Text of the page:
Updated: Apr 20, 2020
What if you went to a Lions game and found the players wearing green or purple instead of their signature blue? Wouldn’t it be strange if Biggby started asking if you wanted a Venti instead of a 24 oz? Think about some of the brands you follow or use. If they went in another direction, it would seem weird! You would notice immediately.
Why is that?
These brands have found their voice. More than that, they stick to it! We need to do the same. We need to find our voice in our brand and use it in every ad, every marketing campaign, every public display of our brand! This is especially important as marketing isn’t just ads on TV or newspaper anymore. It’s how we post on social media, it’s our blogs, it’s events we host, it’s who we do business with.
That’s our voice.
As we look at beginning a new decade, now is a great time to take a deep look at your content. Take samples from everywhere your brand has a public voice. Does it look and feel consistent? To create a strong brand, we need to build on the consistencies that are working for us and stay away from the inconsistencies and anything that hasn’t engaged our target audience. Easier said than done, right? We at CIS Agency are here to give you the FAST PASS to figuring out your brand voice.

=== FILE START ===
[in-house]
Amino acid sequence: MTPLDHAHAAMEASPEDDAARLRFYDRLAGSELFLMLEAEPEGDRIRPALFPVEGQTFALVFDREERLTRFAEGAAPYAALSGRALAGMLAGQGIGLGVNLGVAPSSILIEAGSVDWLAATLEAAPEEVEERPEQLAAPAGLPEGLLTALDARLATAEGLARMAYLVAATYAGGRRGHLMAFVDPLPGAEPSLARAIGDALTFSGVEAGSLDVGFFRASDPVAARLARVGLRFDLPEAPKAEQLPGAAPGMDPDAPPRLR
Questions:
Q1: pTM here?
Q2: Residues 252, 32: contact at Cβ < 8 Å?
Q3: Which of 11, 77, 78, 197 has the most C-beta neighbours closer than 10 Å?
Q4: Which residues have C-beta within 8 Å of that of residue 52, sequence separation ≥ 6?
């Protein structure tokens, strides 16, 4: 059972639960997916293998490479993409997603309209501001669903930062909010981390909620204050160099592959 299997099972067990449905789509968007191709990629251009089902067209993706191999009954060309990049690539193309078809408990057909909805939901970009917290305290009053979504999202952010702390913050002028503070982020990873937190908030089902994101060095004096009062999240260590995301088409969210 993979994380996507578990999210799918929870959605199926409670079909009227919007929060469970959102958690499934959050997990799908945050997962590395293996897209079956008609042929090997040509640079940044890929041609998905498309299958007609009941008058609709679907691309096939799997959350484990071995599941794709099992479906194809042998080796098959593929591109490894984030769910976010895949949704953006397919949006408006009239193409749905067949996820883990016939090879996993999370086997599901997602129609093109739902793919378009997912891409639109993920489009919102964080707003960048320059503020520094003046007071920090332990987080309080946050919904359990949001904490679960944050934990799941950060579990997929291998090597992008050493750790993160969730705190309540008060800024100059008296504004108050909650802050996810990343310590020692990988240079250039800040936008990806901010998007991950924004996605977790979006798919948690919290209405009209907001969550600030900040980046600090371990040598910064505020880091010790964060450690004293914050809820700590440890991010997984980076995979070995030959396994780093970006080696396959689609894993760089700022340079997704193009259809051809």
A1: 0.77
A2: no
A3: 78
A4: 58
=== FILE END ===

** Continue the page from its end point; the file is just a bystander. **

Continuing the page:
Describe your brand in three words.
For some companies, we are so close to what we do that this can be a little tricky. If you’re stuck, try coming up with words for brands you know. What three words would you choose for Biggby? For the Lions? Here are some tips to determining your brand’s voice:
Consider your values, mission, and vision – how do those shape your brand? Click the link for a great “how-to” on defining those aspects of your company culture if you haven’t already.
Consider the type of people that run your company – are they funny or serious? Formal or casual? Enthusiastic or matter-of-fact?
If you didn’t have to sell, what would your voice be? In other words, if you could run this company without worrying about your audience, what would your marketing look like?
Consider your audience – can that organic voice you just described reach your target market? Find content that’s already popular with who you are selling to. What does it have in common?